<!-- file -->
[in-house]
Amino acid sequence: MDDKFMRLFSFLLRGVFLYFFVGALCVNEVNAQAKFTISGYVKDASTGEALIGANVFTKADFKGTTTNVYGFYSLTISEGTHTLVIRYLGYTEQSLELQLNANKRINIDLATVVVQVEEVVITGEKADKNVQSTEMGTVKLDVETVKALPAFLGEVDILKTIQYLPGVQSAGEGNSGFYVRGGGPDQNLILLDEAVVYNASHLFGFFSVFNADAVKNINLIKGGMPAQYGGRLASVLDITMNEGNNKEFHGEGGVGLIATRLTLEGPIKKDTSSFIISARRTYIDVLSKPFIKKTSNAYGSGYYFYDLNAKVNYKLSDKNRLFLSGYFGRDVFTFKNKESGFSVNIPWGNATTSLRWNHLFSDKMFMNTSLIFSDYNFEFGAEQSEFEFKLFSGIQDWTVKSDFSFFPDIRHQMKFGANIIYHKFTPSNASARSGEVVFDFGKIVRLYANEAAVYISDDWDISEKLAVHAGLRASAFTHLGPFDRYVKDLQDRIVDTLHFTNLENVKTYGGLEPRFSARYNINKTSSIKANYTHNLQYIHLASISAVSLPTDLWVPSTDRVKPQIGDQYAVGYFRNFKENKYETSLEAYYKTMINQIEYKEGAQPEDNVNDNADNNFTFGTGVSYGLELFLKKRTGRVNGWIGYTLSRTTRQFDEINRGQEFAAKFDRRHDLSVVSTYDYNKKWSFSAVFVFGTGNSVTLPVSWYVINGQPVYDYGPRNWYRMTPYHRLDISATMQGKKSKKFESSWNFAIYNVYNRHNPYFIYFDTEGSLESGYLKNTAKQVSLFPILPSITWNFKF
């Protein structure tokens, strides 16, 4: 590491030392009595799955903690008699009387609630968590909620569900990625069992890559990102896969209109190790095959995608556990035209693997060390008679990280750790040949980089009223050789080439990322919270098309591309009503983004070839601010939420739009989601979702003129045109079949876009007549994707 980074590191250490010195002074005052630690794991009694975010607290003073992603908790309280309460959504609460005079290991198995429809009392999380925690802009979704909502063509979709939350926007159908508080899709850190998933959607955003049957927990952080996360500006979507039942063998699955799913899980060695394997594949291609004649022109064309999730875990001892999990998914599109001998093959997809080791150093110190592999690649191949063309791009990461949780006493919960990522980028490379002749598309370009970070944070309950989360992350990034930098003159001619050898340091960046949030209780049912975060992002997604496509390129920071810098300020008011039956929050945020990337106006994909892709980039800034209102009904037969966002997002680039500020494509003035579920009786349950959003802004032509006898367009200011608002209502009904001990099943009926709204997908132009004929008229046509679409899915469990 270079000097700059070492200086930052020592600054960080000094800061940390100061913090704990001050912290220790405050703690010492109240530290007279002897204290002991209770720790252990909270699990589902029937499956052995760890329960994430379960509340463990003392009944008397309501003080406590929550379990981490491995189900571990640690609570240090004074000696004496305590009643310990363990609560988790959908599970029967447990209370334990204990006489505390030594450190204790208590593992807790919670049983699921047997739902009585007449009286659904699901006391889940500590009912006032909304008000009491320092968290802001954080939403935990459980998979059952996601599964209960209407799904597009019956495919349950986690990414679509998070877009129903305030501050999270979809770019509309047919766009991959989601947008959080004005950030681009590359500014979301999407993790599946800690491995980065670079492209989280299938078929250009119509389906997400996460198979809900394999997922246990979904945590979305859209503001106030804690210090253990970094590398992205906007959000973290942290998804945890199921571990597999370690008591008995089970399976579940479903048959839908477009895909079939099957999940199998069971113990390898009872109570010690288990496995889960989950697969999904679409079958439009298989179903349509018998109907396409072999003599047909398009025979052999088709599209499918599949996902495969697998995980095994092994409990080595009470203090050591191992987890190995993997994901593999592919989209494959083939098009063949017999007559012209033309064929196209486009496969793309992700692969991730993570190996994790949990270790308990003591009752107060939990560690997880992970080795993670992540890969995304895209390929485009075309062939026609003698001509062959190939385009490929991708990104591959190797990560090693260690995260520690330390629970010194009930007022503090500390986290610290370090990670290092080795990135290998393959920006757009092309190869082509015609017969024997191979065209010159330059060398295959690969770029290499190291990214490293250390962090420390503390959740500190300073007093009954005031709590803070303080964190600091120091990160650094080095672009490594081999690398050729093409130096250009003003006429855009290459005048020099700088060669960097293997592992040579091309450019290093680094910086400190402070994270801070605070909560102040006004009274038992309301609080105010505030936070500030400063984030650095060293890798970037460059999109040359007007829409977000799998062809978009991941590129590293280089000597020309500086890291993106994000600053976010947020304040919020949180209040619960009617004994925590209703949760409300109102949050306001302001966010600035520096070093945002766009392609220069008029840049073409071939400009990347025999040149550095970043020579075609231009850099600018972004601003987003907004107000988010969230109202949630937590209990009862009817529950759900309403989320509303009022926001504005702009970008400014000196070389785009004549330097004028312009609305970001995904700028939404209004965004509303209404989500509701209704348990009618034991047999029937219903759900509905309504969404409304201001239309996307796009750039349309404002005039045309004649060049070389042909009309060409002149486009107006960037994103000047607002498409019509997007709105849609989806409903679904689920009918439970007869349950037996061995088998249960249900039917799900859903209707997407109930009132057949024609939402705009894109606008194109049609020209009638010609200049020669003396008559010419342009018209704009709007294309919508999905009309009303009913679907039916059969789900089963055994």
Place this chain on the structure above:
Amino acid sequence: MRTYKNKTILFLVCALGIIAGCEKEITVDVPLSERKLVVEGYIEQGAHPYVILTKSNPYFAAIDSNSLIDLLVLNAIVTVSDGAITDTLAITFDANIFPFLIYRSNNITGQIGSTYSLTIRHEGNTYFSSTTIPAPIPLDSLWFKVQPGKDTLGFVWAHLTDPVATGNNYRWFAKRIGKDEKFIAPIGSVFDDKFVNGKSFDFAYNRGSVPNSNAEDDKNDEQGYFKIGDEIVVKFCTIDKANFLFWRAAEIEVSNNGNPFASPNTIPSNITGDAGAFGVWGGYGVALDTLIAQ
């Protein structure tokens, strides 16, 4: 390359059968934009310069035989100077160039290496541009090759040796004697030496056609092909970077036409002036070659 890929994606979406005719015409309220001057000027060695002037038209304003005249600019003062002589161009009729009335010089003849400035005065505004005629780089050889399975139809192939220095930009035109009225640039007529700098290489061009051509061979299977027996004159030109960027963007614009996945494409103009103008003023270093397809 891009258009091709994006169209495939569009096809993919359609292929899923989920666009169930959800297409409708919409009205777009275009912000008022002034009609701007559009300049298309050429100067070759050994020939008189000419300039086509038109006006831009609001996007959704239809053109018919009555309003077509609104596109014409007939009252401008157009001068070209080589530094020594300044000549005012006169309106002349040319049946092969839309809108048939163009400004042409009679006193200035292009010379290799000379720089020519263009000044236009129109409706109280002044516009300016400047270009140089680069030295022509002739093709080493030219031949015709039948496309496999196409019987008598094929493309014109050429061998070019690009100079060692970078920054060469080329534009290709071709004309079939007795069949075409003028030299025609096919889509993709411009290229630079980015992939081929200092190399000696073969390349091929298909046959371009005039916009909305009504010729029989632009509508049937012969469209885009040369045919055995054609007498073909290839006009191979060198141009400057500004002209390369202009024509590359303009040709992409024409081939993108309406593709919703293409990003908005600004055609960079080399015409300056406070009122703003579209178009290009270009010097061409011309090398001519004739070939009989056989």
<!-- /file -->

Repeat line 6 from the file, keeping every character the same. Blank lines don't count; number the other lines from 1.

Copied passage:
């Protein structure tokens, strides 16, 4: 390359059968934009310069035989100077160039290496541009090759040796004697030496056609092909970077036409002036070659 890929994606979406005719015409309220001057000027060695002037038209304003005249600019003062002589161009009729009335010089003849400035005065505004005629780089050889399975139809192939220095930009035109009225640039007529700098290489061009051509061979299977027996004159030109960027963007614009996945494409103009103008003023270093397809 891009258009091709994006169209495939569009096809993919359609292929899923989920666009169930959800297409409708919409009205777009275009912000008022002034009609701007559009300049298309050429100067070759050994020939008189000419300039086509038109006006831009609001996007959704239809053109018919009555309003077509609104596109014409007939009252401008157009001068070209080589530094020594300044000549005012006169309106002349040319049946092969839309809108048939163009400004042409009679006193200035292009010379290799000379720089020519263009000044236009129109409706109280002044516009300016400047270009140089680069030295022509002739093709080493030219031949015709039948496309496999196409019987008598094929493309014109050429061998070019690009100079060692970078920054060469080329534009290709071709004309079939007795069949075409003028030299025609096919889509993709411009290229630079980015992939081929200092190399000696073969390349091929298909046959371009005039916009909305009504010729029989632009509508049937012969469209885009040369045919055995054609007498073909290839006009191979060198141009400057500004002209390369202009024509590359303009040709992409024409081939993108309406593709919703293409990003908005600004055609960079080399015409300056406070009122703003579209178009290009270009010097061409011309090398001519004739070939009989056989």